Epics for children: the significance of Ashtavakra Gita

While everybody has heard of the Bhagavad Gita, not many are aware that there are 25 Gitas in all. One of these is the Ashtavakra Gita. Scholars rate it as highly as the Bhagavad Gita, yet it is virtually unknown among common people. This book is in the form of a dialogue between Ashtavakra, and king Janaka of Mithila. Ashtavakra was a sage whose body was deformed in eight places. Thus, he got this name where ashta means eight and vakra means deformed.

The Mahabharata tells the story of how he became deformed. When Ashtavakra was in the womb of his mother, he used to hear his father Kahor, a scholar, recite the Vedas. Ashtavakra was so intelligent that, though unborn, he learnt the Vedas. One day, he politely pointed out mistakes in his father’s recitation. Though he was correct, his enraged father cursed him and he was born with deformities in his arms, back and legs.

Kahor went to King Janaka’s court and engaged in shastrartha (intellectual debate) with Sri Bandi, the court philosopher. He was defeated and had to work for Sri Bandi. When Ashtavakra was 12 years old, he learnt about his father and immediately left for Videha, the capital of King Janaka. When he arrived in the city, the King, who was taking rounds there, noticed him. Ashtavakra saw Janaka staring at his crooked form and said, “Just as the shape of a temple does not affect the sky, the crookedness of my body has no effect on the atma. A wise man looks at the reality behind the appearances while an ignorant man gets lost in forms.”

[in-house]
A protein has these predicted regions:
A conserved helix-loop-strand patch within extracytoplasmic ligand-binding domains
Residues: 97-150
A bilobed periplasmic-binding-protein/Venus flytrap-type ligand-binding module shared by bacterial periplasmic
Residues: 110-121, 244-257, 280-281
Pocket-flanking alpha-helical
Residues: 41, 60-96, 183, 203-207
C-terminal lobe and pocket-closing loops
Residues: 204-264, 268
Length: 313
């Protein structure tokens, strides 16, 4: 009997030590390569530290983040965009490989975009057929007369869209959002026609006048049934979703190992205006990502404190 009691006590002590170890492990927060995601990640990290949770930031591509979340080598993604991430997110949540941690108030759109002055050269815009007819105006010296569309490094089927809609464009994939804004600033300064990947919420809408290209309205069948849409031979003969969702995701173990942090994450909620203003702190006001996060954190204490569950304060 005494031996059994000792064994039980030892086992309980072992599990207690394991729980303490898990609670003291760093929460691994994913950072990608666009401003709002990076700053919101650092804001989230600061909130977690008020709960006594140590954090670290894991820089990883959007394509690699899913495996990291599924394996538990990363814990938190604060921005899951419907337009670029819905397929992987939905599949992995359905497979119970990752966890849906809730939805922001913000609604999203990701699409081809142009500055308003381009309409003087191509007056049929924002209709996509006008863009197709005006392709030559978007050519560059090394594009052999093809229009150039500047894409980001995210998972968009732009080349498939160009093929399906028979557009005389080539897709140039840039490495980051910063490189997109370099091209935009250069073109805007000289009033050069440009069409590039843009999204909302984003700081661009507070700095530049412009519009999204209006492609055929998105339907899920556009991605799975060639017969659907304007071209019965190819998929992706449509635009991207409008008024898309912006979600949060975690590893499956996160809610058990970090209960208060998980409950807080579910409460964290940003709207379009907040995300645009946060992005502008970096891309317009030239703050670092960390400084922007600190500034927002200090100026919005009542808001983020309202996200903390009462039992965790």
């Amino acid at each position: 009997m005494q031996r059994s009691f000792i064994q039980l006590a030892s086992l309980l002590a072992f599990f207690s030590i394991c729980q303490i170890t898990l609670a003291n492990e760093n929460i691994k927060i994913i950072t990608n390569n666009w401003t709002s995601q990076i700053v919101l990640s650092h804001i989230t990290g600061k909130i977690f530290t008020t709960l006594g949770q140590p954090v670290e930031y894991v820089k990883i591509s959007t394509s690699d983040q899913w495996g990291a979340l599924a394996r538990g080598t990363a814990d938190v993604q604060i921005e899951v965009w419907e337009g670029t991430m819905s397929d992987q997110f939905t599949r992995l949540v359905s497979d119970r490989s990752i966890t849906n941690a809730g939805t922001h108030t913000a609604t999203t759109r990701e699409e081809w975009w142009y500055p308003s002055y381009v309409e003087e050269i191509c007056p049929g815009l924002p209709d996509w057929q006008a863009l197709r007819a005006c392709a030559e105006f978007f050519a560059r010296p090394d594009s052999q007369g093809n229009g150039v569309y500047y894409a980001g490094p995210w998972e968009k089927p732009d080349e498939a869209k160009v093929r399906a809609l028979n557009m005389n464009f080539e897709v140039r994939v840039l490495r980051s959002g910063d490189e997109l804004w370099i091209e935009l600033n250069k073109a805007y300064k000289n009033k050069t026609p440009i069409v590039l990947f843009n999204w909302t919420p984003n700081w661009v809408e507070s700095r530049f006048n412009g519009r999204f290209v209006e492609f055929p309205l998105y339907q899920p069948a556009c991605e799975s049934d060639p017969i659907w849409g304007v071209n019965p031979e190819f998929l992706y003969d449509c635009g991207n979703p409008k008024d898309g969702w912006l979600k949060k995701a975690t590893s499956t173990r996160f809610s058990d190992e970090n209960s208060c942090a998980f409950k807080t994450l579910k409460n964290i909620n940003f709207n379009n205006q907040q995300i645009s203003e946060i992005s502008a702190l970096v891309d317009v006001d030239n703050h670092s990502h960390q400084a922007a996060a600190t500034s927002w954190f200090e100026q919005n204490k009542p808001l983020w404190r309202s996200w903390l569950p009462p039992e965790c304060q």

Janaka was highly impressed by the young boy’s intelligence and took him to the palace. After honouring Ashtavakra, he engaged in a dialogue with him. This is the Ashtavakra Gita consisting of 303 verses. Its key teaching is that you are not your body; you are atma. You will remain even when the body dies. It also emphasises the unity of beings, saying—you are all beings and all beings are you.

The Ashtavakra Gita maintains that the world is an illusion, not a reality. There is an interesting analogy. Imagine, you are sleeping in a room where a piece of rope is lying. You wake up in the middle of the night and look at the rope, and in your sleep think it to be a snake. You are convinced that there is a snake in the room, unable to see the reality that it is a rope. Similarly, due to a lack of knowledge, human beings may think that this world is real, but the actual reality lies hidden behind the appearances of this world.

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